Pakistan and Pakistanis have always suffered and continue to suffer on many counts and in many ways just for one reason: the absence of a level playing field.
During the days of the last premiership of Mian Nawaz Sharif, between 2013 and 2017, goods’ exports were promoted with hundreds of billions of rupees worth of subsidies per year. No meaningful effort was made to promote services exports and remittances.
Freelancers and others associated with exports of IT and IT-enabled services cried for a level playing field but to no avail. Overseas Pakistanis, whose average annual remittances were closely chasing goods’ export earnings, cried for a level playing field, but nothing happened.
During the PTI government, between August 2018 and April 2022, Pakistan’s reliance on remittances increased, but the incentives offered for attracting remittances remained scant compared to the value of the incentives that remained available for goods’ exports. One good thing that the PTI’s maiden government did was to launch Roshan Digital Accounts for overseas Pakistanis, which helped bring in much-needed short-term foreign portfolio investment into the country.
Successive governments have ignored the low-hanging fruits of better incentivising IT, IT-es and official remittances
The PTI’s government also rolled out a policy for promoting services exports with lots of promises for exports of IT and IT-es but offered little practical help to services exporters. These exporters continued crying for a level playing field. Now, the caretaker government and the State Bank of Pakistan are making some good efforts to boost services exports, particularly exports of IT and IT-es. It is also incentivising freelancing not just for exports but also to help the educated class of jobless people earn a decent living.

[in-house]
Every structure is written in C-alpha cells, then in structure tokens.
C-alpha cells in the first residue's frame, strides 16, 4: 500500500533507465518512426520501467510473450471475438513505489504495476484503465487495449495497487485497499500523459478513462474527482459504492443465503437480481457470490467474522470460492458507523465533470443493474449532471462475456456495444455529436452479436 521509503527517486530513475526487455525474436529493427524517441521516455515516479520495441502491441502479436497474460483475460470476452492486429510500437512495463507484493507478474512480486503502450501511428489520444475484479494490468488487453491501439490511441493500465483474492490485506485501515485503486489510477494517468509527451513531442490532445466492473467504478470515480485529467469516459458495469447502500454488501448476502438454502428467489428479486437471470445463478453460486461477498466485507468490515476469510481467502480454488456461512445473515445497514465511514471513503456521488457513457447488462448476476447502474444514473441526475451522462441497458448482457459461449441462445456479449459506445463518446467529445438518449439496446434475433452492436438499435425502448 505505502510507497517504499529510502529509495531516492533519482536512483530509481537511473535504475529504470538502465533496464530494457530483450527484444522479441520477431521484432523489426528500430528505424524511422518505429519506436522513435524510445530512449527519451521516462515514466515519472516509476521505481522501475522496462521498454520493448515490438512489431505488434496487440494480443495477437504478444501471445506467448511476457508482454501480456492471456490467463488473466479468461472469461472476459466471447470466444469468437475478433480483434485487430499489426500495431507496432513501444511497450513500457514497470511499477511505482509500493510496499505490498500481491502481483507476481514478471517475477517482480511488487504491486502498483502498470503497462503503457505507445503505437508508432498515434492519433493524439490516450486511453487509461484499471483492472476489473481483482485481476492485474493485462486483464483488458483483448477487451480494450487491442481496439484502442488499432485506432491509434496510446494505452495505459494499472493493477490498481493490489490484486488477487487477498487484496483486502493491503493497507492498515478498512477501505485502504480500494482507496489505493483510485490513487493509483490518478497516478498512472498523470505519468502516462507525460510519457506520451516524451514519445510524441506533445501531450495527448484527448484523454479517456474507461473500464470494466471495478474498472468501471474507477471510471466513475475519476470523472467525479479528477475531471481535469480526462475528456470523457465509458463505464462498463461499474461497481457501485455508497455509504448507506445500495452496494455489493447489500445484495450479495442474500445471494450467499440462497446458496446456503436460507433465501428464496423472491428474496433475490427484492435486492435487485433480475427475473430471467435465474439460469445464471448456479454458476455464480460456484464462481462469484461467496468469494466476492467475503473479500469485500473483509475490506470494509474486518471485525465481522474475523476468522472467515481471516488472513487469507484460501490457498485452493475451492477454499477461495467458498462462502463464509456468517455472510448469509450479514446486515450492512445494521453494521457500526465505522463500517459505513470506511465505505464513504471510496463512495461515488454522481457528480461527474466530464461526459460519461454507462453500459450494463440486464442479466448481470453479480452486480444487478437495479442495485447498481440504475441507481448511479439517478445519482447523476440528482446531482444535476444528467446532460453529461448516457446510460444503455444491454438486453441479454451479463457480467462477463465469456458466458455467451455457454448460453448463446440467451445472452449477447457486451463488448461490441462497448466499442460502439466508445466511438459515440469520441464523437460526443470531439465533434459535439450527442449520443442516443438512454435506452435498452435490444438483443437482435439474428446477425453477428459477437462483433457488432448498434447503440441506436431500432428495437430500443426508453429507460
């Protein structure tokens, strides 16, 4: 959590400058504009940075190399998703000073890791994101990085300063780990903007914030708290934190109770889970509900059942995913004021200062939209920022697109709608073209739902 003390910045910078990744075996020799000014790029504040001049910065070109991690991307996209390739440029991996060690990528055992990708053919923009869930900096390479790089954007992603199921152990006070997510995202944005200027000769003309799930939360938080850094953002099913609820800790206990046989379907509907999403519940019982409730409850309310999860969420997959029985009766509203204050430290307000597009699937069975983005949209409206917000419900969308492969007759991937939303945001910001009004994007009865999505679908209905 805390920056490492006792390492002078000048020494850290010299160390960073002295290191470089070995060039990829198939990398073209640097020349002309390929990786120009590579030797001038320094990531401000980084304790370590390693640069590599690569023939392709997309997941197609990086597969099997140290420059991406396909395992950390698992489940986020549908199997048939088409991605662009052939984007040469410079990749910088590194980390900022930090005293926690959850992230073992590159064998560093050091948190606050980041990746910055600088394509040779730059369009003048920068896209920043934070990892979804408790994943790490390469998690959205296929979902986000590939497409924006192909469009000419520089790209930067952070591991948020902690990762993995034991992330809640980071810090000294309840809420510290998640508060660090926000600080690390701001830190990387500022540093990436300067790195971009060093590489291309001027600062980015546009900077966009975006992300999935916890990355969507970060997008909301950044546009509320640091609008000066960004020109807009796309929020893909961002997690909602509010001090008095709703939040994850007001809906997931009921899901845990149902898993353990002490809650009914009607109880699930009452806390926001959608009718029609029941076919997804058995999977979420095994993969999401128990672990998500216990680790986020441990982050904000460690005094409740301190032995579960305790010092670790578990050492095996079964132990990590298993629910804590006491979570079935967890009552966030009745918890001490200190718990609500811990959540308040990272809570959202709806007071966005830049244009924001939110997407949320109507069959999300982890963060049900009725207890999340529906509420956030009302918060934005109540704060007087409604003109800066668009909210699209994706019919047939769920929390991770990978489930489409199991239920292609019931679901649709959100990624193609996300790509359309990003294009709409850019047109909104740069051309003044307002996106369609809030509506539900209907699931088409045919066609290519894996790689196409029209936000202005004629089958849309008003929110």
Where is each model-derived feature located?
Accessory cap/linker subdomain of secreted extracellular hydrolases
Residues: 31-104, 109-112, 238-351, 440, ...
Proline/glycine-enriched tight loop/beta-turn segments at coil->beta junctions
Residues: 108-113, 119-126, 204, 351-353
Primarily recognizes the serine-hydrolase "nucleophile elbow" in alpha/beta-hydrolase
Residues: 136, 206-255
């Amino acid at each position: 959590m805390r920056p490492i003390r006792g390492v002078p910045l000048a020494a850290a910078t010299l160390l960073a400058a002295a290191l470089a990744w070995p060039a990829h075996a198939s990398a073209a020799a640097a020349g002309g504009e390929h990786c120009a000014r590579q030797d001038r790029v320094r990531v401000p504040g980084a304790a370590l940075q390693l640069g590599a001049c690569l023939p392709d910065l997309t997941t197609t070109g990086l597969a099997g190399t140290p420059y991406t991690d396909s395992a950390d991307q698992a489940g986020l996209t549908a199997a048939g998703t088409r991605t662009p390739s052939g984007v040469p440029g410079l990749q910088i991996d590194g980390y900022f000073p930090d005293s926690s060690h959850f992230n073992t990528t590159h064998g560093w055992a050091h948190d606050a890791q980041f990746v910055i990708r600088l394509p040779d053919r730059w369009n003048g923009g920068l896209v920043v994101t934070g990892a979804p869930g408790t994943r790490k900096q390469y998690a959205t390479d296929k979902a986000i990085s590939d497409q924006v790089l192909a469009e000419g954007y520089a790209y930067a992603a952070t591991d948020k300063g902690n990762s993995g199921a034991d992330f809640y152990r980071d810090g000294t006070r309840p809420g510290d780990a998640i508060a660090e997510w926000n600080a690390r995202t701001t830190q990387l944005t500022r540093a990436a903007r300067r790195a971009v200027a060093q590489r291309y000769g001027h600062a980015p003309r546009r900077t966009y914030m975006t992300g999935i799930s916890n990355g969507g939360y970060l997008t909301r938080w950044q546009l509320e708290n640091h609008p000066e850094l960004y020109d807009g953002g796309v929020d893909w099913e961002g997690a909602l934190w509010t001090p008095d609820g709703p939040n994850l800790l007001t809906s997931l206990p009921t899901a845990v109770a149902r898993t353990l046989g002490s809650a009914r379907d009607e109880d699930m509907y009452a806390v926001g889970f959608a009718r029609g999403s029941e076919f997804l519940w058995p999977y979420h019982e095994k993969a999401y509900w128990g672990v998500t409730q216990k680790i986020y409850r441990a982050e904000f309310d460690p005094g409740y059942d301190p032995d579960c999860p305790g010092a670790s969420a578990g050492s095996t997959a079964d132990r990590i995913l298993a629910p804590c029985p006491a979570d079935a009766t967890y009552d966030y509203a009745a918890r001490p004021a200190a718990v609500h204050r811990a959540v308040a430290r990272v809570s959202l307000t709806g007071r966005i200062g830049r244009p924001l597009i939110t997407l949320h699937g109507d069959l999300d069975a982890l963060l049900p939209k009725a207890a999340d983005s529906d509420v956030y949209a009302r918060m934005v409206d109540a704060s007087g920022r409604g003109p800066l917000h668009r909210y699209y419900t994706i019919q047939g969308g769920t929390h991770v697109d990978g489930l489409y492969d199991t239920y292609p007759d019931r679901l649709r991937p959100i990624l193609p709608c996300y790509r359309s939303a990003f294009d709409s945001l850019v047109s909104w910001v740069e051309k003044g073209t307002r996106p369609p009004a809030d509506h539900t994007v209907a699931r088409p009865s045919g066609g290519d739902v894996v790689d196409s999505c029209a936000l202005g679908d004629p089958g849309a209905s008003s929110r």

The government and the central bank are also re-incentivising remittances amidst acute forex shortages. Principally, these are appreciable measures and can even meet their desired objectives at least partly if the policies rolled out recently are implemented in their letter and spirit — not just now but for years to come.
The problem, however, is that the policies aimed at boosting services exports are not part of a comprehensive framework that can guarantee an increase in goods exports at the same time. The incentives being offered for attracting increased inflows of remittances are not backed by any effort to remove growing confusion and misgivings in the minds of overseas Pakistanis about the country’s political future.
These incentives, the bulk of which are meant to encourage banks handling remittances, are quite attractive, but inflows of remittances are not growing chiefly because overseas Pakistanis have lately become too pessimistic about Pakistan’s political system. Besides, repeated frauds committed in various housing schemes have made many of them wary of investing in their homeland.
Meanwhile, a massive increase in gas tariff, ongoing hikes of electricity charges and hurried collection of petroleum development levy on petroleum products continue to make it quite difficult for general and export-oriented industries to survive.